Deuce Richardson pointed out to me in an email that today is the 60th anniversary of Henry Kuttner’s death. Since I don’t think I’ll be able to finish what I had intended to review today, this is a good topic to talk about. (Thanks, Deuce.)
I’ve done a few posts on the anniversary of a person’s death before, but I prefer to acknowledge birthdays. However, a 60th anniversary is a milestone. So if you’ll indulge me, I’d like to share a few somewhat random thoughts.
Kuttner had been teaching a course on writing at USC when he died, and Moore took over. I’m not sure how long she continued teaching, if it was only to finish out the semester or if she taught beyond that semester.
She remarried in 1963. Her husband Thomas Reggie didn’t want her writing anymore. At least that’s the legend, and I’m inclined to believe it. C. L. Moore’s voice fell silent. She never wrote fiction again.
Her husband supposedly (according to Wikipedia) asked the Science Fiction Writers of America not to honor her with a Grand Master Award because by that time Catherine was suffering from Alzheimer’s by then. Her husband thought the ceremony would be too stressful and confusing.
Let that sink in for a moment. This had to have been sometime in the early to mid-1980s. Moore died in 1987.* Andre Norton was the Grand Master for 1984. There wouldn’t be another woman to receive the honor until Ursula K. LeGuin in 2003, nearly 20 years later. I don’t know why Moore couldn’t have been presented with the award and it simply be announced that she was unable to attend for unspecified health reasons. Essentially, her husband denied her recognition that was well deserved.** Continue reading →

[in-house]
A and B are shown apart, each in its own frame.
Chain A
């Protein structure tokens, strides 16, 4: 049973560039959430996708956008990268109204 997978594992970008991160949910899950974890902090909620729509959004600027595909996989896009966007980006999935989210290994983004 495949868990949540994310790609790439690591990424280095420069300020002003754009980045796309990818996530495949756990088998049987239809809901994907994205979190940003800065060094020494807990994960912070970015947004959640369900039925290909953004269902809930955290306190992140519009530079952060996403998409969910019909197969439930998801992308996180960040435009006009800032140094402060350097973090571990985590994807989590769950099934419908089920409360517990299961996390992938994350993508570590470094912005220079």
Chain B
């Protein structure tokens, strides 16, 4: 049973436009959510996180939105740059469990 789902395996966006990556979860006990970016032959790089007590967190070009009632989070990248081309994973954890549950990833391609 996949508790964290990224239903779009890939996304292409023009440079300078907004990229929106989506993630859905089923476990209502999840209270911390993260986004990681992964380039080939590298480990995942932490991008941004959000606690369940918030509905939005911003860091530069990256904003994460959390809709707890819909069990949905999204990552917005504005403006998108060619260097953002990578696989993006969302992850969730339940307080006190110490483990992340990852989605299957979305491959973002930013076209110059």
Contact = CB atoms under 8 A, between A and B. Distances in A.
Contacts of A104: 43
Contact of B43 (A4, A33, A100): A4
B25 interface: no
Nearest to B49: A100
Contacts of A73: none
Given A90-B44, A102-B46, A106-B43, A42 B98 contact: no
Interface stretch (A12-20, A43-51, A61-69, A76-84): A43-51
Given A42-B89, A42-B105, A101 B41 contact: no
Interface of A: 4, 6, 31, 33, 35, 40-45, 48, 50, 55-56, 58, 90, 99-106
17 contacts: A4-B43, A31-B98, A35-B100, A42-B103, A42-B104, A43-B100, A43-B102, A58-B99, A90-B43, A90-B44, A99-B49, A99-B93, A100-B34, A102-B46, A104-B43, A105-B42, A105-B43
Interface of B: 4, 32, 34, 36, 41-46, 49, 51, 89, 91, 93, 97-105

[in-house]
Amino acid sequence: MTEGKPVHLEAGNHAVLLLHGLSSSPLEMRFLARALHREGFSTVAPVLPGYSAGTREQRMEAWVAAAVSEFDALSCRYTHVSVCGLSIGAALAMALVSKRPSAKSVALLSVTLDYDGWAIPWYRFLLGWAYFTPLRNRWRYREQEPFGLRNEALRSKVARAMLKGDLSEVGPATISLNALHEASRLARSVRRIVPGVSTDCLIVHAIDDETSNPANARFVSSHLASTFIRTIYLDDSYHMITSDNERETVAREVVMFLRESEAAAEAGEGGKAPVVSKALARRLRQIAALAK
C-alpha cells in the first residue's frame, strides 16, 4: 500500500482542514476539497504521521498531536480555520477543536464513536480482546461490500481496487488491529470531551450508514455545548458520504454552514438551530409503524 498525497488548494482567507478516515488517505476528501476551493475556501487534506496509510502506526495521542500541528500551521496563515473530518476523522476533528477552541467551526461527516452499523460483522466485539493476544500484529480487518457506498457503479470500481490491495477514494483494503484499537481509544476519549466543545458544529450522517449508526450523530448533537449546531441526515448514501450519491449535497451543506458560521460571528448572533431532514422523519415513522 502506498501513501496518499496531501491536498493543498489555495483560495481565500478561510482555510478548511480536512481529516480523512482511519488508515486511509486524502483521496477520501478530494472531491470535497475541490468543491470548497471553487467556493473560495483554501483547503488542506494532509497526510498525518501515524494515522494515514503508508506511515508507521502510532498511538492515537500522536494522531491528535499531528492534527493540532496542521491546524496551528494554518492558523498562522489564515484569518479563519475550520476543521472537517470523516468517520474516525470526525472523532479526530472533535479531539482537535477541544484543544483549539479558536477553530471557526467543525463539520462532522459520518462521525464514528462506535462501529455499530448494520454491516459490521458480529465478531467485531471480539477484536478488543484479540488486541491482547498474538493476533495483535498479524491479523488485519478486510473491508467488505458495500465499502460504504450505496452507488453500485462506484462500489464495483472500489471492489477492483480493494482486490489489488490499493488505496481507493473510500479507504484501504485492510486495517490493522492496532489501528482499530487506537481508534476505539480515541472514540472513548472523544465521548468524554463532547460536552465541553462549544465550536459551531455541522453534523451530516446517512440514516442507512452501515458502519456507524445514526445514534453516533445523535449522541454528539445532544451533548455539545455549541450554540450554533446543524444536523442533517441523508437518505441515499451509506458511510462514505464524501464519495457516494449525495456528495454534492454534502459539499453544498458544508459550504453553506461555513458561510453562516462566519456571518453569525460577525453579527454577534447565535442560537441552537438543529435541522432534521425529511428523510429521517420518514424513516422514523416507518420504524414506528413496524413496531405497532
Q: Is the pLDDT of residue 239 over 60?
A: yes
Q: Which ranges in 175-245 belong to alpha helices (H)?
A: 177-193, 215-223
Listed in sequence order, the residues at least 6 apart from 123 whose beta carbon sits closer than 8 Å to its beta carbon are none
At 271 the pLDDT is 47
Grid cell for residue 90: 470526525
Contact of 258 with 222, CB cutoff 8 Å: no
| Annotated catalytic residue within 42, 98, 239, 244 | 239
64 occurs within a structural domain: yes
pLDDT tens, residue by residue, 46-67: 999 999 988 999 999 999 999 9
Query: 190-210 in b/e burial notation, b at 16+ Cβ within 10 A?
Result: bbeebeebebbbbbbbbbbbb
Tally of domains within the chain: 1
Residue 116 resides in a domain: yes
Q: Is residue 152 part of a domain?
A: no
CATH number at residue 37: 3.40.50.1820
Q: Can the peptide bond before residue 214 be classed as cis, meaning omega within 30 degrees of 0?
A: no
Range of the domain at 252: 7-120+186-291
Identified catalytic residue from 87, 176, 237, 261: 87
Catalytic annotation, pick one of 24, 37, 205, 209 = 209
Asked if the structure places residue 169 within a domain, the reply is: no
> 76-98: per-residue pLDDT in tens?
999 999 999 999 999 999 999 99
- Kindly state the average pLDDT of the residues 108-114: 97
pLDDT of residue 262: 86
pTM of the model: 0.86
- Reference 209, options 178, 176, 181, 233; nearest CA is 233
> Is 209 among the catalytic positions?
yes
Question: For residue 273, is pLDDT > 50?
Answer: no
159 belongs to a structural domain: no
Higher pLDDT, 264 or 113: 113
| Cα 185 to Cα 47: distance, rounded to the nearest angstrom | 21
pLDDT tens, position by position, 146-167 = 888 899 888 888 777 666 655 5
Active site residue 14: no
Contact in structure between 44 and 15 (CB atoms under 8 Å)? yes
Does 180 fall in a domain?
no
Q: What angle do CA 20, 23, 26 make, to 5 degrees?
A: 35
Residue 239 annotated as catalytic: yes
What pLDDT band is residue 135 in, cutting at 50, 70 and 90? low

Richard Matheson was born 1926 on this date, February 20, in Allendale, New Jersey. He was one of the greatest short story writers of the 20th Century. Best known to the general public as the author of The Incredible Shrinking Man, I Am Legend, Somewhere in Time, and numerous Twilight Zone episodes, he also adapted a number of Edgar Allan Poe’s short stories to the big screen for Roger Corman.
Matheson is a writer whose work I return to time and again, and a reread is long overdue. I’ll try to work in some of his stories over the next few months. I’ll honor his memory this evening by working on a short story.
I’d like to thank Bret McCormick for sending me a review copy of Road Kill. Most anthologies have two or three (or more) stories that aren’t my flagon of ale. There was only one story in this one that fits that description. All of the others I liked, some a lot. And not just because of the Texas theme.
The variety in Road Kill is impressive. The type of horror ranges from quiet to grisly to Lovecraftian to science fictional. Here were a few of my favorites. Continue reading →